Do We Repair or Do We Build?

Repairing things: cars, motorcycle engines, people, organisations is very different from building something from scratch. The mechanic or doctor, consultant or manager “deals with failure every day whereas the builder does not. This is because the things they fix are not of their own making and are therefore never known in a comprehensive or absolute way.” (Shop Class as Soulcraft, Matthew Crawford)

Building houses, mathematics and enterprise system development are constructive. Every element is in full view and can be placed deliberately. There is an element of design and one can be assertive in that design.

Diagnostics and repair require a different disposition. For those of us in these fields we need to be attentive rather than assertive.

Repair work does not require creativity. It demands attentiveness.

But because a mathematical model renders the thing modelled (the globe, the climate, a building, an artificial hip, an organisation) as something of our own making, we fall into the trap of thinking we are creating / building / constructing. We assert ourselves onto the thing we are supposed to be fixing.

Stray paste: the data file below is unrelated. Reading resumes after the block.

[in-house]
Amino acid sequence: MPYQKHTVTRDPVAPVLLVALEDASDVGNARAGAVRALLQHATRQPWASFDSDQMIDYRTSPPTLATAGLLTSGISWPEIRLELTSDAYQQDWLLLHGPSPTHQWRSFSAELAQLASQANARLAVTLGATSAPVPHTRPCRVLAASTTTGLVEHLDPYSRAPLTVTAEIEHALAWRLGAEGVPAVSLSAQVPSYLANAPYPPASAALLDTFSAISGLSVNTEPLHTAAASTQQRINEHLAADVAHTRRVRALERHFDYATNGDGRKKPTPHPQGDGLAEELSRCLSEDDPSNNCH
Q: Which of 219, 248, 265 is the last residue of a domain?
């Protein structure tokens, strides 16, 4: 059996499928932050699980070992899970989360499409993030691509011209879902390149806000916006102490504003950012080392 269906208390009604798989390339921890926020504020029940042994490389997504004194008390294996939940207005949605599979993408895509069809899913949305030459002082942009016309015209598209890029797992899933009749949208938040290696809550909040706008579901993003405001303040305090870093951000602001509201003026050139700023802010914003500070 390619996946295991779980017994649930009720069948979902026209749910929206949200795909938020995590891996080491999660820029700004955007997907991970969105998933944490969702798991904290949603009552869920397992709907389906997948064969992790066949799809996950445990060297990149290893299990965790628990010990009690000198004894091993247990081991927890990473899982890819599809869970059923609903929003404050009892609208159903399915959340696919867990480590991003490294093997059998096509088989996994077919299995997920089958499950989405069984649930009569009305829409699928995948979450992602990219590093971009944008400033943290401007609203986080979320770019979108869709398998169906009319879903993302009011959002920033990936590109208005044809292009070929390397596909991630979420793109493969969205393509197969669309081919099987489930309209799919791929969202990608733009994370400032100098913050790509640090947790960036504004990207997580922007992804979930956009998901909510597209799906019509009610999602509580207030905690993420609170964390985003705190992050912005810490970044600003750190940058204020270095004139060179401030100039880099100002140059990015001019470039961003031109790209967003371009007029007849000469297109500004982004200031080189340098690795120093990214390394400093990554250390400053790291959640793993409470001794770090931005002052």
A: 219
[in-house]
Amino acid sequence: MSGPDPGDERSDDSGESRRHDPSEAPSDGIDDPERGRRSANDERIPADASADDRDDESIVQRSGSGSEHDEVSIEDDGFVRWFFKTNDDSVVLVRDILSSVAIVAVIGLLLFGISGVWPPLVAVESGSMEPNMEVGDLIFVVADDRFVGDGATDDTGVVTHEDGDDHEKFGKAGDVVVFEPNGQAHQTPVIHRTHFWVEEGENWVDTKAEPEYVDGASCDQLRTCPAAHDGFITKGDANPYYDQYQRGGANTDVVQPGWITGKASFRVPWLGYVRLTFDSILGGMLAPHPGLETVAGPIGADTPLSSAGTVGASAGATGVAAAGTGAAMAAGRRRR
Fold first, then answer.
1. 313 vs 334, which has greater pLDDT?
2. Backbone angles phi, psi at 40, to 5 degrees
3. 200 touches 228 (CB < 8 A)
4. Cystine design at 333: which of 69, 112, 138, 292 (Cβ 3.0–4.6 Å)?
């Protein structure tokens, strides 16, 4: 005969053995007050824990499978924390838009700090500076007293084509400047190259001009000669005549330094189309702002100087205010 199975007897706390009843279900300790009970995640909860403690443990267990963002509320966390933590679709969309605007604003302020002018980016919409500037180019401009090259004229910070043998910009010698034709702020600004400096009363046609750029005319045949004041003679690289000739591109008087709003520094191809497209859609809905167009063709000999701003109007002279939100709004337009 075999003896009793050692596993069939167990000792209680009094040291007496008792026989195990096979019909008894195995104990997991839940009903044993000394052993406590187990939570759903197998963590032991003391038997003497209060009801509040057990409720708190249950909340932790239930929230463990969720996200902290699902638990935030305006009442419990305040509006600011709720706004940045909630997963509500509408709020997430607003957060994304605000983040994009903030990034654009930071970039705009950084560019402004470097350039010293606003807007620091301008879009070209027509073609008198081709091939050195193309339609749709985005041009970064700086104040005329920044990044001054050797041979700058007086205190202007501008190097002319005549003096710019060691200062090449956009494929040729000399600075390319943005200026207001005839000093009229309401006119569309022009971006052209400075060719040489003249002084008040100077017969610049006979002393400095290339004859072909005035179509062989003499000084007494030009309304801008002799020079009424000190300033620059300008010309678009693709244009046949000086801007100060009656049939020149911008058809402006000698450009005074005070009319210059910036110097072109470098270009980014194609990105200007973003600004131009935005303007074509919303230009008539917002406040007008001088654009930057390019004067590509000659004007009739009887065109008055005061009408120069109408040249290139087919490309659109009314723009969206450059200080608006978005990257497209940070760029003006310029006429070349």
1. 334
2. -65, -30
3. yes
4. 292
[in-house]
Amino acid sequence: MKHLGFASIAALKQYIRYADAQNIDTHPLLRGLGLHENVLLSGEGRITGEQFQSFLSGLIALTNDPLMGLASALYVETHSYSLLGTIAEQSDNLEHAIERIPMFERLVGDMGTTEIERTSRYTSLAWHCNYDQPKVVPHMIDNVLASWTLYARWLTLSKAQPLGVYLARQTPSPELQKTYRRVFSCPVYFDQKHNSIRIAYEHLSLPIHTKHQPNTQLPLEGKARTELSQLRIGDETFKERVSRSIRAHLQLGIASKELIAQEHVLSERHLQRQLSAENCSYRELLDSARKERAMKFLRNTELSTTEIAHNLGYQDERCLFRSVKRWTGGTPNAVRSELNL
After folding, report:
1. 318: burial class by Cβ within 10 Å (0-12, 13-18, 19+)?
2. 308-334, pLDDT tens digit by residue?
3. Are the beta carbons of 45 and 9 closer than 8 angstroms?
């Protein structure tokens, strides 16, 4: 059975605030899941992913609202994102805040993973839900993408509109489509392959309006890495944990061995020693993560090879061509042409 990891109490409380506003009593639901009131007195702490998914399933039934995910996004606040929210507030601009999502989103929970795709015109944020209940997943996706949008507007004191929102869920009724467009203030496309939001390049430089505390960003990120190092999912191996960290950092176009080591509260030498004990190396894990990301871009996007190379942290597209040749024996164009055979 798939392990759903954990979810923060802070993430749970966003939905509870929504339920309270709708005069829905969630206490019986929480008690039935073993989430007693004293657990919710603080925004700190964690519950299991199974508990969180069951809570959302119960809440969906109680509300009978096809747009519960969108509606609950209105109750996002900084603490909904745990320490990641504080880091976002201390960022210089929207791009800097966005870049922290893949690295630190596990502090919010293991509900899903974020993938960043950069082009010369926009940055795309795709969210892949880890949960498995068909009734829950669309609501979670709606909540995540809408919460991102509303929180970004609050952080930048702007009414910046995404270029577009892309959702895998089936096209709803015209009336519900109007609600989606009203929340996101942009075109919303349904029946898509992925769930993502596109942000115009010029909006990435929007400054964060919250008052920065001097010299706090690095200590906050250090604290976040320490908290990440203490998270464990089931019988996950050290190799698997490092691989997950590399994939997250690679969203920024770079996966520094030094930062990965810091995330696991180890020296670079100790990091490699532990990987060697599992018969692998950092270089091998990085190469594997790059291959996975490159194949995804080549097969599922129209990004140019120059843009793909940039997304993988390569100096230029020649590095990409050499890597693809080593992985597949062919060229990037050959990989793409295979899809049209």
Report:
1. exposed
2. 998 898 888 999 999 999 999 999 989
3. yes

Big mistake. Big, big mistake.

Assertiveness is not appropriate when we are dealing with something we don’t fully understand. It just makes us look stupid. Idiotic (in the original sense of the word – and even its more modern usage…)

And I would venture that the major reason for change programme failures is that the leaders of these programmes get the assertiveness / attentiveness thing mixed up.

Because we model and plan in the abstract we think we are building.

No, we do not drive change or make change, we can only broker it. We are repairing something not of our own making. We need to be attentive in the manner of conversation.

We are repairers of human systems. They exist already.

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